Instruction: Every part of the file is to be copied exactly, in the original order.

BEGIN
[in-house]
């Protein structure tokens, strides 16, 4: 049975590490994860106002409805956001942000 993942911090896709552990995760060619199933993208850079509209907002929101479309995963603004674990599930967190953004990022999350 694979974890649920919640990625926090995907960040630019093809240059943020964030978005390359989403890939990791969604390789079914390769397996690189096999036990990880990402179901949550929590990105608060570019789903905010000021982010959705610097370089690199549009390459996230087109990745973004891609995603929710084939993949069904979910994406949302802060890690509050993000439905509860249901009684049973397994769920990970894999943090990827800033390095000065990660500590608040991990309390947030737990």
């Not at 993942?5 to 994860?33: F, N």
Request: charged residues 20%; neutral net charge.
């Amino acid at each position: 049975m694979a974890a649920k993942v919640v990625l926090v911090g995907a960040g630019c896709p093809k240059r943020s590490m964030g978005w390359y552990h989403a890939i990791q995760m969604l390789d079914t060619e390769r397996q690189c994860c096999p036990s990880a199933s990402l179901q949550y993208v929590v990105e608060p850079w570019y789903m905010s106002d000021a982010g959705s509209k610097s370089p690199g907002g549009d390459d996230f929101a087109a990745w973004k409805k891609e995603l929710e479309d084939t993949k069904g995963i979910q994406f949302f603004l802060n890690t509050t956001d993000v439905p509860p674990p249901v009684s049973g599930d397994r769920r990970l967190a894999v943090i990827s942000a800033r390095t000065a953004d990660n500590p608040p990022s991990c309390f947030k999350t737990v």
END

[in-house]
């Protein structure tokens, strides 16, 4: 049975590490994860106002409805956001942000 993942911090896709552990995760060619199933993208850079509209907002929101479309995963603004674990599930967190953004990022999350 694979974890649920919640990625926090995907960040630019093809240059943020964030978005390359989403890939990791969604390789079914390769397996690189096999036990990880990402179901949550929590990105608060570019789903905010000021982010959705610097370089690199549009390459996230087109990745973004891609995603929710084939993949069904979910994406949302802060890690509050993000439905509860249901009684049973397994769920990970894999943090990827800033390095000065990660500590608040991990309390947030737990």
């Not at 993942?5 to 994860?33: F, N």
Request: charged residues 20%; neutral net charge.
């Amino acid at each position: 049975m694979a974890a649920k993942v919640v990625l926090v911090g995907a960040g630019c896709p093809k240059r943020s590490m964030g978005w390359y552990h989403a890939i990791q995760m969604l390789d079914t060619e390769r397996q690189c994860c096999p036990s990880a199933s990402l179901q949550y993208v929590v990105e608060p850079w570019y789903m905010s106002d000021a982010g959705s509209k610097s370089p690199g907002g549009d390459d996230f929101a087109a990745w973004k409805k891609e995603l929710e479309d084939t993949k069904g995963i979910q994406f949302f603004l802060n890690t509050t956001d993000v439905p509860p674990p249901v009684s049973g599930d397994r769920r990970l967190a894999v943090i990827s942000a800033r390095t000065a953004d990660n500590p608040p990022s991990c309390f947030k999350t737990v």